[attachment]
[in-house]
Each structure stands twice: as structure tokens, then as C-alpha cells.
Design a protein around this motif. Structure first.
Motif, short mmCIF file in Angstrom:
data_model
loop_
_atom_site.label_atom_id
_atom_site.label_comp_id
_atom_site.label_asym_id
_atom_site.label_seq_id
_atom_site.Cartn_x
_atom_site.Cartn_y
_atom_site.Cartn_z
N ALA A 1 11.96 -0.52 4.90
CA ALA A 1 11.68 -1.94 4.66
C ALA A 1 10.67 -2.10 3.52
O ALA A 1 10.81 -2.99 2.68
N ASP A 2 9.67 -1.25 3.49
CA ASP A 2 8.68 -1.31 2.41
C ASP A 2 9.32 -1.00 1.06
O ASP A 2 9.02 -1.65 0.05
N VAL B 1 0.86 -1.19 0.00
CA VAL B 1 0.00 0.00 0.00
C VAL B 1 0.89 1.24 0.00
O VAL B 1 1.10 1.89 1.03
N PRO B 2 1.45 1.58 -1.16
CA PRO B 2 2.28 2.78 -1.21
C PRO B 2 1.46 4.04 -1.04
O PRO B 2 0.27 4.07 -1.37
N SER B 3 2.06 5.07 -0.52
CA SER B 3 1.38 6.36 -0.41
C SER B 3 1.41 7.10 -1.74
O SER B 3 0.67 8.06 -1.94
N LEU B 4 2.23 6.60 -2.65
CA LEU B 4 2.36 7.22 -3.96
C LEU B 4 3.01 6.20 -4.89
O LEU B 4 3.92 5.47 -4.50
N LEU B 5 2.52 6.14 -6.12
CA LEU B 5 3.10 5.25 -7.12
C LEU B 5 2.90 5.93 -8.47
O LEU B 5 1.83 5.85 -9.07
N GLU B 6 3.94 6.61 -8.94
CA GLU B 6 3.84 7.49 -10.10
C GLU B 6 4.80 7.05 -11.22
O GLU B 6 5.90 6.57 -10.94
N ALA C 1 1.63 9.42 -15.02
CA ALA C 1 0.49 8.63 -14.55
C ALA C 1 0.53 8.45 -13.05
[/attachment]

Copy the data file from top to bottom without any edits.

[in-house]
Each structure stands twice: as structure tokens, then as C-alpha cells.
Design a protein around this motif. Structure first.
Motif, short mmCIF file in Angstrom:
data_model
loop_
_atom_site.label_atom_id
_atom_site.label_comp_id
_atom_site.label_asym_id
_atom_site.label_seq_id
_atom_site.Cartn_x
_atom_site.Cartn_y
_atom_site.Cartn_z
N ALA A 1 11.96 -0.52 4.90
CA ALA A 1 11.68 -1.94 4.66
C ALA A 1 10.67 -2.10 3.52
O ALA A 1 10.81 -2.99 2.68
N ASP A 2 9.67 -1.25 3.49
CA ASP A 2 8.68 -1.31 2.41
C ASP A 2 9.32 -1.00 1.06
O ASP A 2 9.02 -1.65 0.05
N VAL B 1 0.86 -1.19 0.00
CA VAL B 1 0.00 0.00 0.00
C VAL B 1 0.89 1.24 0.00
O VAL B 1 1.10 1.89 1.03
N PRO B 2 1.45 1.58 -1.16
CA PRO B 2 2.28 2.78 -1.21
C PRO B 2 1.46 4.04 -1.04
O PRO B 2 0.27 4.07 -1.37
N SER B 3 2.06 5.07 -0.52
CA SER B 3 1.38 6.36 -0.41
C SER B 3 1.41 7.10 -1.74
O SER B 3 0.67 8.06 -1.94
N LEU B 4 2.23 6.60 -2.65
CA LEU B 4 2.36 7.22 -3.96
C LEU B 4 3.01 6.20 -4.89
O LEU B 4 3.92 5.47 -4.50
N LEU B 5 2.52 6.14 -6.12
CA LEU B 5 3.10 5.25 -7.12
C LEU B 5 2.90 5.93 -8.47
O LEU B 5 1.83 5.85 -9.07
N GLU B 6 3.94 6.61 -8.94
CA GLU B 6 3.84 7.49 -10.10
C GLU B 6 4.80 7.05 -11.22
O GLU B 6 5.90 6.57 -10.94
N ALA C 1 1.63 9.42 -15.02
CA ALA C 1 0.49 8.63 -14.55
C ALA C 1 0.53 8.45 -13.05